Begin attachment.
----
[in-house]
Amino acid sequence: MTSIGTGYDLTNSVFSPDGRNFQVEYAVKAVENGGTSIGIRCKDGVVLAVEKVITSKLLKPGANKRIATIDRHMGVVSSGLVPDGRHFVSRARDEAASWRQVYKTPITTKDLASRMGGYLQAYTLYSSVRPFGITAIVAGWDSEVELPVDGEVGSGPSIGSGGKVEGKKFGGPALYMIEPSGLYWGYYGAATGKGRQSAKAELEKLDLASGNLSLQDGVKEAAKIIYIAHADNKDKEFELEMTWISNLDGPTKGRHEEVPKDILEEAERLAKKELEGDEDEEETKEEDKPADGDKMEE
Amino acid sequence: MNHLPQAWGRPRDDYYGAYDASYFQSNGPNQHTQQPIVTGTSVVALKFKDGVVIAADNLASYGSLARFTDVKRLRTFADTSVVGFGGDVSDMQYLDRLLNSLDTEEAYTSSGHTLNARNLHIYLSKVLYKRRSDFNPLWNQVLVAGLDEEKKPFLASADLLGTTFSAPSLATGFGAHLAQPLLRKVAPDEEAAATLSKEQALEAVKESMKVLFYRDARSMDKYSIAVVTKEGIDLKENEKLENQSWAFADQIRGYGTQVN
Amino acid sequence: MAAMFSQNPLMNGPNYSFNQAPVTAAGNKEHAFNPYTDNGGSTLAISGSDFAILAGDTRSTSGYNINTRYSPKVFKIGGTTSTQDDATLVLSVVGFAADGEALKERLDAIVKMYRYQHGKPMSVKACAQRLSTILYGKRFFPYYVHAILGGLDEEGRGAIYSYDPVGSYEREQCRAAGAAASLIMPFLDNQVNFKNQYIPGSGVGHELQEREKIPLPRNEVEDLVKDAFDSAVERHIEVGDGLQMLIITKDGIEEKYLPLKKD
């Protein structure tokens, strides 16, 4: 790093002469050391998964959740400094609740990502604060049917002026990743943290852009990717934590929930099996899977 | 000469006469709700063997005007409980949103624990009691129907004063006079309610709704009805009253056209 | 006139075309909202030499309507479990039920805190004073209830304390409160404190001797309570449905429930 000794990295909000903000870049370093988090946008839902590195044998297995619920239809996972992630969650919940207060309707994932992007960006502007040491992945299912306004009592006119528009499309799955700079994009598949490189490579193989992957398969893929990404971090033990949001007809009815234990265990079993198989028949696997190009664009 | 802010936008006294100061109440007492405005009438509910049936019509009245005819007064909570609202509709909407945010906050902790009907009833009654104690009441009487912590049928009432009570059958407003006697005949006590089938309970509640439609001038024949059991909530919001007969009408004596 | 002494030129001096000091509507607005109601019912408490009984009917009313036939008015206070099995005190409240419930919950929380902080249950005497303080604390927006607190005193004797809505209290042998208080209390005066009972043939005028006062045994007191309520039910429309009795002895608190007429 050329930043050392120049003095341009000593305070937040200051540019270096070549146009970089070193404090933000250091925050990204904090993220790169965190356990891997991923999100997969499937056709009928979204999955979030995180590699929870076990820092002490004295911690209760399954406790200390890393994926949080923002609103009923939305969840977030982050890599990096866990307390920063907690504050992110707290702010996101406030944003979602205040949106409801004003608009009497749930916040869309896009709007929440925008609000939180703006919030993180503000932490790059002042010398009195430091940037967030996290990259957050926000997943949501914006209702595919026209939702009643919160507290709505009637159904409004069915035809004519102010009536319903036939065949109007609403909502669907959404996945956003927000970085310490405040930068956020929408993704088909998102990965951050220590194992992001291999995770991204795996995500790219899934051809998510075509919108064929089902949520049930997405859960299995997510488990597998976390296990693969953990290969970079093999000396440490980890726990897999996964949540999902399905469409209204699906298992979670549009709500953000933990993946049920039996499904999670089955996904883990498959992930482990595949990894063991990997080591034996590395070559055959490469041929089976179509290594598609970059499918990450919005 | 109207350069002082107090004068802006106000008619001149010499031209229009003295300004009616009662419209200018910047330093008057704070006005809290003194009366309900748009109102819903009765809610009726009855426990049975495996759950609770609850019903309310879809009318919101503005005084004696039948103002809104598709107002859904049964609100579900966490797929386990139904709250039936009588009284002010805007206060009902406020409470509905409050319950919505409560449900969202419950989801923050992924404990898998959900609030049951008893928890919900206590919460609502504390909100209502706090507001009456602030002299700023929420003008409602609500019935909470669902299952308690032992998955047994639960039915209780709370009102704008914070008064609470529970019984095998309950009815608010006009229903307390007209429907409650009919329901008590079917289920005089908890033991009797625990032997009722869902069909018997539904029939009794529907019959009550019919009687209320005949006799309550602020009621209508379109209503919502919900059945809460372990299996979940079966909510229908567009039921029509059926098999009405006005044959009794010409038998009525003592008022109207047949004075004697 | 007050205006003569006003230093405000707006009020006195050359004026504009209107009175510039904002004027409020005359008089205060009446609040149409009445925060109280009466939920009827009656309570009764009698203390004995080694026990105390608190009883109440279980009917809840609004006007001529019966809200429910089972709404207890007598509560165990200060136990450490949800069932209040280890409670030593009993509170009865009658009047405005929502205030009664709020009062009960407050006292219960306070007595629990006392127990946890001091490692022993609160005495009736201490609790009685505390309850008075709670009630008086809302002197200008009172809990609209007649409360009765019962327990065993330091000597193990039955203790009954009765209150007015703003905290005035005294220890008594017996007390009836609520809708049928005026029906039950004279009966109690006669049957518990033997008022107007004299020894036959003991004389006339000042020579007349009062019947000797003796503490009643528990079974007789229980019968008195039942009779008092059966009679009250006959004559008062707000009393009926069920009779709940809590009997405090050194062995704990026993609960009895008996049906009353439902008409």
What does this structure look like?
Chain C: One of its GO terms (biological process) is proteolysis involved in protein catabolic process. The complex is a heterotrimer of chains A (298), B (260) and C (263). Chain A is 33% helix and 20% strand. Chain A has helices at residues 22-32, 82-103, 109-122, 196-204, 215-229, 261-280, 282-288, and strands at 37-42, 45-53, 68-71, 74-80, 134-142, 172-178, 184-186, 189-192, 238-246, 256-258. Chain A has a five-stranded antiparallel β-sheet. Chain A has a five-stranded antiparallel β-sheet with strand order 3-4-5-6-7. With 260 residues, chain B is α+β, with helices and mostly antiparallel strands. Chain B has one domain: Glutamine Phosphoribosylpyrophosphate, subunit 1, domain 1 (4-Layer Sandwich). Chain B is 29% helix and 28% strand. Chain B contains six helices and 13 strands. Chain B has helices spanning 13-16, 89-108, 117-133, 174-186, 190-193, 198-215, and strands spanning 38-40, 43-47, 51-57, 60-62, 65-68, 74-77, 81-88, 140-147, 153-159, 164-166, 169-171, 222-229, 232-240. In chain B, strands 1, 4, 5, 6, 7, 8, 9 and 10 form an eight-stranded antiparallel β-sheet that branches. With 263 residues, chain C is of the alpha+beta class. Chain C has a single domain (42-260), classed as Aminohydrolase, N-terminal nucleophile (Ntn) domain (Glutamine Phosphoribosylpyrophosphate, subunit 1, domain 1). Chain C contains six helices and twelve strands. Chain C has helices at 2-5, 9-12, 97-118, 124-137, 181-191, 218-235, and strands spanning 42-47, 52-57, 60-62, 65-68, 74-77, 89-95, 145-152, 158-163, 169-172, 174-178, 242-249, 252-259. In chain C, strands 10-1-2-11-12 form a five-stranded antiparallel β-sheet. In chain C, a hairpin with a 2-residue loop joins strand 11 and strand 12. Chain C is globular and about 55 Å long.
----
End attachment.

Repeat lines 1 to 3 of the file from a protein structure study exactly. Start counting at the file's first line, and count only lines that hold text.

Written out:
[in-house]
Amino acid sequence: MTSIGTGYDLTNSVFSPDGRNFQVEYAVKAVENGGTSIGIRCKDGVVLAVEKVITSKLLKPGANKRIATIDRHMGVVSSGLVPDGRHFVSRARDEAASWRQVYKTPITTKDLASRMGGYLQAYTLYSSVRPFGITAIVAGWDSEVELPVDGEVGSGPSIGSGGKVEGKKFGGPALYMIEPSGLYWGYYGAATGKGRQSAKAELEKLDLASGNLSLQDGVKEAAKIIYIAHADNKDKEFELEMTWISNLDGPTKGRHEEVPKDILEEAERLAKKELEGDEDEEETKEEDKPADGDKMEE
Amino acid sequence: MNHLPQAWGRPRDDYYGAYDASYFQSNGPNQHTQQPIVTGTSVVALKFKDGVVIAADNLASYGSLARFTDVKRLRTFADTSVVGFGGDVSDMQYLDRLLNSLDTEEAYTSSGHTLNARNLHIYLSKVLYKRRSDFNPLWNQVLVAGLDEEKKPFLASADLLGTTFSAPSLATGFGAHLAQPLLRKVAPDEEAAATLSKEQALEAVKESMKVLFYRDARSMDKYSIAVVTKEGIDLKENEKLENQSWAFADQIRGYGTQVN